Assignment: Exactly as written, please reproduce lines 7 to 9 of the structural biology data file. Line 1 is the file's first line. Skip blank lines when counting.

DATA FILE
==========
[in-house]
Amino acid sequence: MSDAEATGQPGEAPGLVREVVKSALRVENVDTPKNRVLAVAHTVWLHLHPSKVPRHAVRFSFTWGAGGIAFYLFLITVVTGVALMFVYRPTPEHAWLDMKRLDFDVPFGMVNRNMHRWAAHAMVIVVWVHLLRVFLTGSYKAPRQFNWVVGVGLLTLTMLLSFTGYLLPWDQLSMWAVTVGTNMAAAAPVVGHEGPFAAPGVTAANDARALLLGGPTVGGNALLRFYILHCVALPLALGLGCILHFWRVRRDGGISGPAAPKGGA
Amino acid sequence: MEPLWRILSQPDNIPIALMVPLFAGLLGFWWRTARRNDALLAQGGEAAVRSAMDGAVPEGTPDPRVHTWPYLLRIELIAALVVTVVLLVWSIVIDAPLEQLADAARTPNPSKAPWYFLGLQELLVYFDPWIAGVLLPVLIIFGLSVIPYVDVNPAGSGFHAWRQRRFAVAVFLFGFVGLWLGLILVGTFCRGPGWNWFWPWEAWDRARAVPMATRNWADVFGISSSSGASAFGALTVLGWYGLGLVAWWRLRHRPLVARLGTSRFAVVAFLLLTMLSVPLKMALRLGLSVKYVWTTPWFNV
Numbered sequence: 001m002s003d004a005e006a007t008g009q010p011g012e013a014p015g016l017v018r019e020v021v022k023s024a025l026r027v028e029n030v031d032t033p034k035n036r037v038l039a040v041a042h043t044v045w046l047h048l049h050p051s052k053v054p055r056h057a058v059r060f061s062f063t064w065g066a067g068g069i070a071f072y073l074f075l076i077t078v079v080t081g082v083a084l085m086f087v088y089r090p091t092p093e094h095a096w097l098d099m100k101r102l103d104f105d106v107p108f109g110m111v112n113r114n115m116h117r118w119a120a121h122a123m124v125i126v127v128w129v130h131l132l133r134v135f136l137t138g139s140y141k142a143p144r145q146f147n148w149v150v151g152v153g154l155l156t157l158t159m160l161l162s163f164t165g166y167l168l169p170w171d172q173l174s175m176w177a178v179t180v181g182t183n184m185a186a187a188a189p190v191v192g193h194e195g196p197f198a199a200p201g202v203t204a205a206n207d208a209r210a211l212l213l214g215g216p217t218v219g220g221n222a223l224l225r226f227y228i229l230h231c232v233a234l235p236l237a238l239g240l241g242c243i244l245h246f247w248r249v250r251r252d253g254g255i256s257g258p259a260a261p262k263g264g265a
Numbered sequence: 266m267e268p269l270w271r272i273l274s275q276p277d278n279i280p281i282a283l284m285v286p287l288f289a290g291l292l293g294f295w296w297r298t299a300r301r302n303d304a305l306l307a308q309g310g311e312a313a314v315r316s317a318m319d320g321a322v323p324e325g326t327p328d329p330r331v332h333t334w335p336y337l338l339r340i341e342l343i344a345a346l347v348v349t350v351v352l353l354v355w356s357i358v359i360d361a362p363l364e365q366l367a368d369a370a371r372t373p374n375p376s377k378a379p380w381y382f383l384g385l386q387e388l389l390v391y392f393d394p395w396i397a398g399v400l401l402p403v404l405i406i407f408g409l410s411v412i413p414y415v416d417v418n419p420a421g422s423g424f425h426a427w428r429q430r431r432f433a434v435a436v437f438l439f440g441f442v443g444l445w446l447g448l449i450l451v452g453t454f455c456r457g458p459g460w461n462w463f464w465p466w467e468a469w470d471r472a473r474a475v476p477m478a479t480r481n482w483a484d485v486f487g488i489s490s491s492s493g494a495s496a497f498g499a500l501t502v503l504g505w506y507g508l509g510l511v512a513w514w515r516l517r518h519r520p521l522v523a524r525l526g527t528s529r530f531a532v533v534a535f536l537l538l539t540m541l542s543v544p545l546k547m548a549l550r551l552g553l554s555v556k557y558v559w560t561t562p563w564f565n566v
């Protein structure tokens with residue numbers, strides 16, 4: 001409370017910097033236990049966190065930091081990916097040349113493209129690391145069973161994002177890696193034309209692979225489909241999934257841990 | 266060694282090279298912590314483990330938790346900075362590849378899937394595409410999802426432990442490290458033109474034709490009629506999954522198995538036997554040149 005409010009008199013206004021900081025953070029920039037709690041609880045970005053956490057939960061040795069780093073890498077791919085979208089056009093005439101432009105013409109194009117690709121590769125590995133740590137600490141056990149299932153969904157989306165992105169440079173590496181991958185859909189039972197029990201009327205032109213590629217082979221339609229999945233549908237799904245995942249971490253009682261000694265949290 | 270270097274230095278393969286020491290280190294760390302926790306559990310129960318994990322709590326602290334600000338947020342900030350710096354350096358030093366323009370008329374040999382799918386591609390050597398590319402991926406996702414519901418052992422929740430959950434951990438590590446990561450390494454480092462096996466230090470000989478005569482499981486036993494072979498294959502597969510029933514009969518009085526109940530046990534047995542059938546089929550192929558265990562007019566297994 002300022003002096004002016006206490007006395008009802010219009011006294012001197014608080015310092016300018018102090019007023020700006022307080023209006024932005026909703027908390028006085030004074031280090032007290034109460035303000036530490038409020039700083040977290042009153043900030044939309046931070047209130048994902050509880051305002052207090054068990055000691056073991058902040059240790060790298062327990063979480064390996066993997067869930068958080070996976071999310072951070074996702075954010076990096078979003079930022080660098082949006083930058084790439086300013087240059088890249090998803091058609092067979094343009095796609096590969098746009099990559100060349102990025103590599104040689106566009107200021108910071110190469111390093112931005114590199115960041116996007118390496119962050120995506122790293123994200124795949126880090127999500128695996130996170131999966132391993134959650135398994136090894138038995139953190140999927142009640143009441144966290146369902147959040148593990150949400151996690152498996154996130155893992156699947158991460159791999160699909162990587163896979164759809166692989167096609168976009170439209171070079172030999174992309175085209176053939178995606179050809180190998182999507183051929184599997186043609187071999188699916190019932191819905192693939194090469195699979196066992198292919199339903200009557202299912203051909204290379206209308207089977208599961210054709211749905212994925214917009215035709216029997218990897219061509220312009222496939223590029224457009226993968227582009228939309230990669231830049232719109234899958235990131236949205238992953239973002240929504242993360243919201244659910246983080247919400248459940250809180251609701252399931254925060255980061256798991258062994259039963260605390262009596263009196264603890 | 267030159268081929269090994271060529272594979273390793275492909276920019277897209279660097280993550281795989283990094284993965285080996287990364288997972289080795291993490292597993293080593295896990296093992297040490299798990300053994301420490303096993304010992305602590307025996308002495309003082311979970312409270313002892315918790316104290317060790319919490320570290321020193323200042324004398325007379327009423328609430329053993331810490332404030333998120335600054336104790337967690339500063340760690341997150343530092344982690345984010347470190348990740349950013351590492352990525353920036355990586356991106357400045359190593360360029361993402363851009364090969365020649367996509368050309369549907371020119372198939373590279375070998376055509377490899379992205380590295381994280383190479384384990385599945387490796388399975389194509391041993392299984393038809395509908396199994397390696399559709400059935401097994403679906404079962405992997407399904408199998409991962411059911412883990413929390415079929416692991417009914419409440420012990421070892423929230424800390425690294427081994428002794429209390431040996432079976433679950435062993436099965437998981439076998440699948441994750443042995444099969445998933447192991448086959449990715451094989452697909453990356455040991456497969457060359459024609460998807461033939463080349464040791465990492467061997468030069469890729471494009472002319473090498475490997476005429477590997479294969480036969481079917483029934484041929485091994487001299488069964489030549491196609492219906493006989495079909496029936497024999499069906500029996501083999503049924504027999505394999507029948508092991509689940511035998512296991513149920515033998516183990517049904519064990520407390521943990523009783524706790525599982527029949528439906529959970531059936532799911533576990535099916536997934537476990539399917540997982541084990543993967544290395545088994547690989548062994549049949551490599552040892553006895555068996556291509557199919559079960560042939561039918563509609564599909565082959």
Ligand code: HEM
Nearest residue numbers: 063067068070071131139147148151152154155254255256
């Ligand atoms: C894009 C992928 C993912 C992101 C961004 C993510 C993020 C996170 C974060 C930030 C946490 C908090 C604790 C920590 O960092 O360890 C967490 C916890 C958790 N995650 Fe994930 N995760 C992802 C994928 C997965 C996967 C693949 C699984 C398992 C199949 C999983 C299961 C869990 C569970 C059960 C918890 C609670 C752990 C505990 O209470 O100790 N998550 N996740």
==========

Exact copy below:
Ligand code: HEM
Nearest residue numbers: 063067068070071131139147148151152154155254255256
């Ligand atoms: C894009 C992928 C993912 C992101 C961004 C993510 C993020 C996170 C974060 C930030 C946490 C908090 C604790 C920590 O960092 O360890 C967490 C916890 C958790 N995650 Fe994930 N995760 C992802 C994928 C997965 C996967 C693949 C699984 C398992 C199949 C999983 C299961 C869990 C569970 C059960 C918890 C609670 C752990 C505990 O209470 O100790 N998550 N996740």